YouTube’s AI Creator Tools: Mixed Reactions Among Creators

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In mid-September, YouTube unveiled a range of new artificial intelligence tools designed to enhance various aspects of content creation on its platform. These tools promise to assist creators in generating content ideas, editing videos, and even creating video footage through features like Dream Screen. However, unlike the widespread enthusiasm AI features have generated in other creative industries, YouTube’s AI tool announcement has been met with a relatively subdued response. Content creators on the platform seem to be more concerned about how generative AI is already influencing YouTube.

This year has seen a significant rise in generative AI tools that make it easier to generate images and text by scraping content from the internet. While some have embraced these tools, artists and writers have pushed back, citing concerns about copyright and the undermining of their own work. Notably, high-profile authors, including George R.R. Martin and Jodi Picoult, even sued OpenAI for scraping their books. Moreover, generative AI often faces issues with hallucination and inaccuracies.

Conversely, many have experimented with these tools, and some have used them professionally. AI-generated art has won awards, and some news websites have used AI to generate articles, leading to staff reductions. AI has also become integral to TikTok, with AI-powered filters like Bold Glamour and Ghibli filters, as well as themed avatars.

However, YouTube’s announcement hasn’t generated much buzz. The announcement on the YouTube Creators account on X (formerly Twitter) received minimal engagement. On the main YouTube account, it performed worse than a tweet about “stars.” There are few videos discussing these tools on the platform itself, despite a thriving community of YouTubers explaining how to use AI tools for video creation. However, these videos primarily focus on existing tools for generating scripts and voice-overs or creating and editing images. YouTube’s new tools essentially provide an in-house option for much of this functionality.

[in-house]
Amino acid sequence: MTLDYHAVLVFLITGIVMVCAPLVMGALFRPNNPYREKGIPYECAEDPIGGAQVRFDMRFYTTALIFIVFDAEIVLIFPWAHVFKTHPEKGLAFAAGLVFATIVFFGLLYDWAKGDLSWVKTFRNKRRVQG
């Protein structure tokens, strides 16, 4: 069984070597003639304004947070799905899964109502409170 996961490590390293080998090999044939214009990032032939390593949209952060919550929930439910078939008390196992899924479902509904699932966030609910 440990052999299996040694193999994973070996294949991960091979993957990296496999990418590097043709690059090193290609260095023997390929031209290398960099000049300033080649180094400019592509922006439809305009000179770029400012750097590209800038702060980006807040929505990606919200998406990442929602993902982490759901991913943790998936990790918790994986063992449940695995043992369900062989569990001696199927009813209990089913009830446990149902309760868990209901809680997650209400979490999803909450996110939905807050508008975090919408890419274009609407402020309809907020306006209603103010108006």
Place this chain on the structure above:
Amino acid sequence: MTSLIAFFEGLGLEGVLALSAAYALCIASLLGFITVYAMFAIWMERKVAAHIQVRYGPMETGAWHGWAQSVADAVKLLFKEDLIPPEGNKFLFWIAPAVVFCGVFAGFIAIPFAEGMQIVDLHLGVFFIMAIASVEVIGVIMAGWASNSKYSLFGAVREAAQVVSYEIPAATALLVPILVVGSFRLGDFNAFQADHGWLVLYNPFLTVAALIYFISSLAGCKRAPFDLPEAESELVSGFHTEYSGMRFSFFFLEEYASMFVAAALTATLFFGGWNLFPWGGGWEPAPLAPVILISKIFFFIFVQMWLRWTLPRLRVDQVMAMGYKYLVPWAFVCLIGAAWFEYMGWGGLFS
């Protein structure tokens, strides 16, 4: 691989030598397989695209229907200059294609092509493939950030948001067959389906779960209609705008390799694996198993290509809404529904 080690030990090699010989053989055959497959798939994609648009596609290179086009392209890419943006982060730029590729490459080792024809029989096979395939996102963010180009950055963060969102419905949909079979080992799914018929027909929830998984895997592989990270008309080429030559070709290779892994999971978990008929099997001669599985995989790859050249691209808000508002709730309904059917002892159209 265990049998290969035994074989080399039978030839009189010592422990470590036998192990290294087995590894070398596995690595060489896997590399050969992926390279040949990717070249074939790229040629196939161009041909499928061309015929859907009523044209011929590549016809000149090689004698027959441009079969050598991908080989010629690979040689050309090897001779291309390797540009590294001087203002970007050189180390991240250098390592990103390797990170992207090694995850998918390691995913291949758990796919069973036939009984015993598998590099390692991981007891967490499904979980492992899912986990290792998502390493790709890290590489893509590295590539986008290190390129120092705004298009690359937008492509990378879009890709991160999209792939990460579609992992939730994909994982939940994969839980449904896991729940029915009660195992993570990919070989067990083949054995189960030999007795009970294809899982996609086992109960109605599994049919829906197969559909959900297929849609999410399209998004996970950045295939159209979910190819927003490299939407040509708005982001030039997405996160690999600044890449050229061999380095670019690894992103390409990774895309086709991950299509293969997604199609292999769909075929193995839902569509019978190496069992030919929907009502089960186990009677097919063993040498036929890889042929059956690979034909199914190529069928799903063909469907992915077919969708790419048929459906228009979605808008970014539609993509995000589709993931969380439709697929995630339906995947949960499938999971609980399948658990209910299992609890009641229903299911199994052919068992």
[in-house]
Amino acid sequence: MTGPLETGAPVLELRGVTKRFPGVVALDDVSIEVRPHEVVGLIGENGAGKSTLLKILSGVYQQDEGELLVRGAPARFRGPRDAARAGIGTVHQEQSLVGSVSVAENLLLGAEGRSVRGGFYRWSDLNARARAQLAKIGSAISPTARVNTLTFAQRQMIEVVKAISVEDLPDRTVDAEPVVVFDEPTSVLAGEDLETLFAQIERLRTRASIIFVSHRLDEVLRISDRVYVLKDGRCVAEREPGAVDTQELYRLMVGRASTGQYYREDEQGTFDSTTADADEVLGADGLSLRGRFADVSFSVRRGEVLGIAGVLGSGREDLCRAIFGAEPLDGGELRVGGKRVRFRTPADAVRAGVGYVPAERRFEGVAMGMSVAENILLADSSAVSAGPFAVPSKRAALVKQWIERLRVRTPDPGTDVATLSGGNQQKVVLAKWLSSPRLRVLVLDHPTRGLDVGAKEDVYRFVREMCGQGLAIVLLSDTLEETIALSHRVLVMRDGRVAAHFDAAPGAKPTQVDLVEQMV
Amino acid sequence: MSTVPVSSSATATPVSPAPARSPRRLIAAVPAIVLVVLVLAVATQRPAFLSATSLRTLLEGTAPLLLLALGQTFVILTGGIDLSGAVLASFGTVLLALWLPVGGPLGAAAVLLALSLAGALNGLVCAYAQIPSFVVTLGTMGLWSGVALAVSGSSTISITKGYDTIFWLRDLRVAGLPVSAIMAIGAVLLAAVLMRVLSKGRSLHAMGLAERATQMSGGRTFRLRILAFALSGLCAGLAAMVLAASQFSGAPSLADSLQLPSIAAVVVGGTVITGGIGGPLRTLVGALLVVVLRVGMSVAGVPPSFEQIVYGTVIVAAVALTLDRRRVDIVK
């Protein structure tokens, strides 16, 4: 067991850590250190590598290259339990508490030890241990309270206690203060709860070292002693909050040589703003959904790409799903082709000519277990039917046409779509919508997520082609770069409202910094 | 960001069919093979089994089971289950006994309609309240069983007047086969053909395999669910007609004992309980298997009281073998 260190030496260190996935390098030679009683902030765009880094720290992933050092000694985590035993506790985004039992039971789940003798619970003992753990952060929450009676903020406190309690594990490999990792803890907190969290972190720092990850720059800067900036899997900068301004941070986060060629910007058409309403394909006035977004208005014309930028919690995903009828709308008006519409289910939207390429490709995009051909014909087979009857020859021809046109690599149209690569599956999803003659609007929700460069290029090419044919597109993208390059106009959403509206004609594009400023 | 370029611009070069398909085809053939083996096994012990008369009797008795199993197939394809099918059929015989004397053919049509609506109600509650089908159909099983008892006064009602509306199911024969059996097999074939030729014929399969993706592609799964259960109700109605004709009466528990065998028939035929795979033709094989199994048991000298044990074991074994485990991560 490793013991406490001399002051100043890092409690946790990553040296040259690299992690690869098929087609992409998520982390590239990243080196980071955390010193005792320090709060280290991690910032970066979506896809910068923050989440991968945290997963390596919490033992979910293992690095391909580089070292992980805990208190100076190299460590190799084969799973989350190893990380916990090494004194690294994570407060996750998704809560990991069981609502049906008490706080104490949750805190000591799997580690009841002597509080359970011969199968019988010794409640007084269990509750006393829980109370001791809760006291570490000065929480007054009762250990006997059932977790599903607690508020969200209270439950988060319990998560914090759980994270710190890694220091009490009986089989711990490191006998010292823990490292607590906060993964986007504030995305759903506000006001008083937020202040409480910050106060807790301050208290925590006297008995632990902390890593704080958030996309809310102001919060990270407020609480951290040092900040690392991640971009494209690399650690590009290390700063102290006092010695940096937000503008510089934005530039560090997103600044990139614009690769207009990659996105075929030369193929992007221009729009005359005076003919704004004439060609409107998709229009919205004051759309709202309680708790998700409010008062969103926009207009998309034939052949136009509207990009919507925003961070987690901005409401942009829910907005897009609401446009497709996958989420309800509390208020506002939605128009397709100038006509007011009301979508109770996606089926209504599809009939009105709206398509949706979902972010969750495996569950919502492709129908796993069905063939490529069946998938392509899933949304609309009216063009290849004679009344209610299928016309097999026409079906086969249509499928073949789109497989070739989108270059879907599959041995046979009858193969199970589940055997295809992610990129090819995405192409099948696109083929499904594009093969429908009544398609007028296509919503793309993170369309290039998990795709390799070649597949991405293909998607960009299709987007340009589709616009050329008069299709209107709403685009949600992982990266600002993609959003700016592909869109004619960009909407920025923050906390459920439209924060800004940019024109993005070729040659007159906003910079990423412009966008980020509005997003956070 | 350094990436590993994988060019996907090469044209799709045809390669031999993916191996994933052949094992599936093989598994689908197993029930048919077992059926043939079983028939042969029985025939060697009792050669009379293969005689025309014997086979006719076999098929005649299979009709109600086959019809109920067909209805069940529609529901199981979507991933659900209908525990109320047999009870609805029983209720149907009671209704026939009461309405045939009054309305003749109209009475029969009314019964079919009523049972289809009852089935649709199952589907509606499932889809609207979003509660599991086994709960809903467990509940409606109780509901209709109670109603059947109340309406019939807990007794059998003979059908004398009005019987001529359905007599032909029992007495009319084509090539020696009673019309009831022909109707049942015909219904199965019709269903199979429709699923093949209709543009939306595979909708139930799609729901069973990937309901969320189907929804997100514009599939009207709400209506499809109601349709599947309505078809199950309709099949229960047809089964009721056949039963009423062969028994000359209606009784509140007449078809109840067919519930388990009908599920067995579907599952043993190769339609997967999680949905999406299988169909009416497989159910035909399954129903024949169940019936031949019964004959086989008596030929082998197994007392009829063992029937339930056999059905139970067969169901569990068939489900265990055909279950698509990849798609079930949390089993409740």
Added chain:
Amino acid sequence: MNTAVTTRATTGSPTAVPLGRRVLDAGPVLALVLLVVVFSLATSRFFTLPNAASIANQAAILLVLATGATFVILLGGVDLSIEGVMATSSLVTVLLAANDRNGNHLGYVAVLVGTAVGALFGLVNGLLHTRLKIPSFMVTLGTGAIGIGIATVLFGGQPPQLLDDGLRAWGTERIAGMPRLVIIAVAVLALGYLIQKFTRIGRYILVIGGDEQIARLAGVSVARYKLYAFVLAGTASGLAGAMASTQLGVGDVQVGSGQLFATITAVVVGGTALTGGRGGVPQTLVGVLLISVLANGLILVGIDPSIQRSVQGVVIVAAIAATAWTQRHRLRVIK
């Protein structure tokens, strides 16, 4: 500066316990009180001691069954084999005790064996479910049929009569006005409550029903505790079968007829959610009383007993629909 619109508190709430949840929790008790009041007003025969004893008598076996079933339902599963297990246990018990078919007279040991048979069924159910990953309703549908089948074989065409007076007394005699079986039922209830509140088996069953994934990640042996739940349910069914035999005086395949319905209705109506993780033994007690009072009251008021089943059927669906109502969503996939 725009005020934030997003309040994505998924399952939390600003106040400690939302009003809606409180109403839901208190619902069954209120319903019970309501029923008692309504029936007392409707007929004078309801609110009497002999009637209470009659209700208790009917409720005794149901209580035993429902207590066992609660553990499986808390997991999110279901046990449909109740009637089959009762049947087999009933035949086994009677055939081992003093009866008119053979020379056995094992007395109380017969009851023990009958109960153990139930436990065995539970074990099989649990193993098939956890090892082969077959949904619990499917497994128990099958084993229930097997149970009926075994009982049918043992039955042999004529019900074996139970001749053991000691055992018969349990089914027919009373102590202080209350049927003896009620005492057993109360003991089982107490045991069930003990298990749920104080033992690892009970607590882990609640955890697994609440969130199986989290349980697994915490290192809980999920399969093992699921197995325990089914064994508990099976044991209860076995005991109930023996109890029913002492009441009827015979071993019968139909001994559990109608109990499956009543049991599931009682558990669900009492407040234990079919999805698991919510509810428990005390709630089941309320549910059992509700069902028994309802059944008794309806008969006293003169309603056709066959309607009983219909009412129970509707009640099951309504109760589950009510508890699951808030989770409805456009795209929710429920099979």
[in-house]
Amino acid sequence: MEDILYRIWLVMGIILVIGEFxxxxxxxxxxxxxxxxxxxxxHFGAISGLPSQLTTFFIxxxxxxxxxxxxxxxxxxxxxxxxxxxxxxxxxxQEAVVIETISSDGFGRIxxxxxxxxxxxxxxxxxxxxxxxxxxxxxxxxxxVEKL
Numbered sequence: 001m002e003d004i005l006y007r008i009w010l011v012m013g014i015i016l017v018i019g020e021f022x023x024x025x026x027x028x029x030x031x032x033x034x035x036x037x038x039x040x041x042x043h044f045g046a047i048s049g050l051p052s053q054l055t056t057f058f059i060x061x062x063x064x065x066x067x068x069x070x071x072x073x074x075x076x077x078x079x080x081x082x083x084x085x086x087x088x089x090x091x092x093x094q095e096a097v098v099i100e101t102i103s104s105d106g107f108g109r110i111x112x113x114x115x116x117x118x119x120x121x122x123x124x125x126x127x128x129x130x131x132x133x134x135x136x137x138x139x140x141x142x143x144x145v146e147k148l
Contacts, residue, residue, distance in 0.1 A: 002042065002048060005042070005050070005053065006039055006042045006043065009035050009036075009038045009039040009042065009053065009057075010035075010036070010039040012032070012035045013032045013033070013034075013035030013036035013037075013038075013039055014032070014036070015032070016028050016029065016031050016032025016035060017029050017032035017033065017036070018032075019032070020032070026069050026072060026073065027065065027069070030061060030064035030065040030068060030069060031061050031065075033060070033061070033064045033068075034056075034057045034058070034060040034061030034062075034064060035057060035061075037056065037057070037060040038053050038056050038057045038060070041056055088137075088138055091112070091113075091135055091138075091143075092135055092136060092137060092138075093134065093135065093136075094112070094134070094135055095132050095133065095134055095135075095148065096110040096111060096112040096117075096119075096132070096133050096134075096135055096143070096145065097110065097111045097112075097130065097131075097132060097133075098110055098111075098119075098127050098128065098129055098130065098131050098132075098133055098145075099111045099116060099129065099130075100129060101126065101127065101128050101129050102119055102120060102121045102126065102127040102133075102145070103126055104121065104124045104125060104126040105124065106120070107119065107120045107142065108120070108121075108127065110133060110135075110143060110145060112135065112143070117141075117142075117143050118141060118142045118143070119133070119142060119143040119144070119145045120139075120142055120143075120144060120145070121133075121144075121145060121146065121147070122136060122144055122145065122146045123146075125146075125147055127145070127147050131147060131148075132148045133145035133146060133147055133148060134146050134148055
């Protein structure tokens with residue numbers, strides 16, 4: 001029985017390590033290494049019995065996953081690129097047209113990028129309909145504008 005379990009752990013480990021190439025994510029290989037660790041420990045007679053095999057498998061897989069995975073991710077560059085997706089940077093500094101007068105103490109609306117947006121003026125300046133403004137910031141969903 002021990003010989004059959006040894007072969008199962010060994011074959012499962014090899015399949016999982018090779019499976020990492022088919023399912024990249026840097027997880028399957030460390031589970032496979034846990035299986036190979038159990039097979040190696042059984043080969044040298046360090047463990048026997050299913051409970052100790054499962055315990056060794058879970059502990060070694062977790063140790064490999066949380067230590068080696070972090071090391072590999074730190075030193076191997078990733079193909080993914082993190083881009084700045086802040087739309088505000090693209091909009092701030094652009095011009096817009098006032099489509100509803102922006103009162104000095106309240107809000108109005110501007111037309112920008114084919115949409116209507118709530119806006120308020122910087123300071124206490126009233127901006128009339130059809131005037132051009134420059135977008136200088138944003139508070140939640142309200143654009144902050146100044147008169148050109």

The key selling point of YouTube’s AI tools is their ability to generate content based on a creator’s historical output. For example, the “insights” tool can personalize video ideas based on what a creator’s audience is already watching. It also aims to recommend music for videos, including royalty-free options. Nevertheless, existing creators appear relatively uninterested in these tools.

Some believe these tools may lead to a devaluation of video editing skills, particularly among newer creators. There’s concern that creators who rely on AI will miss out on the benefits of learning video editing skills and making creative decisions. The potential pitfall depends on whether YouTube’s tools remain available, given Google’s history of discontinuing features. Moreover, generative AI is currently not profitable for most companies, which could result in its waning popularity.

Some creators already feel undercut by AI on the platform, as AI-generated content poses challenges for those who rely on video creation for a living. YouTube creators have raised concerns about plagiarism and misinformation facilitated by AI and believe YouTube should require disclosure when AI is used in video creation.

YouTube’s AI tools are still being tested in select countries, and it remains to be seen how they will impact the platform. While there are concerns that these tools may create new challenges for creators, the larger issues surrounding AI and content creation continue to be the focus for many.

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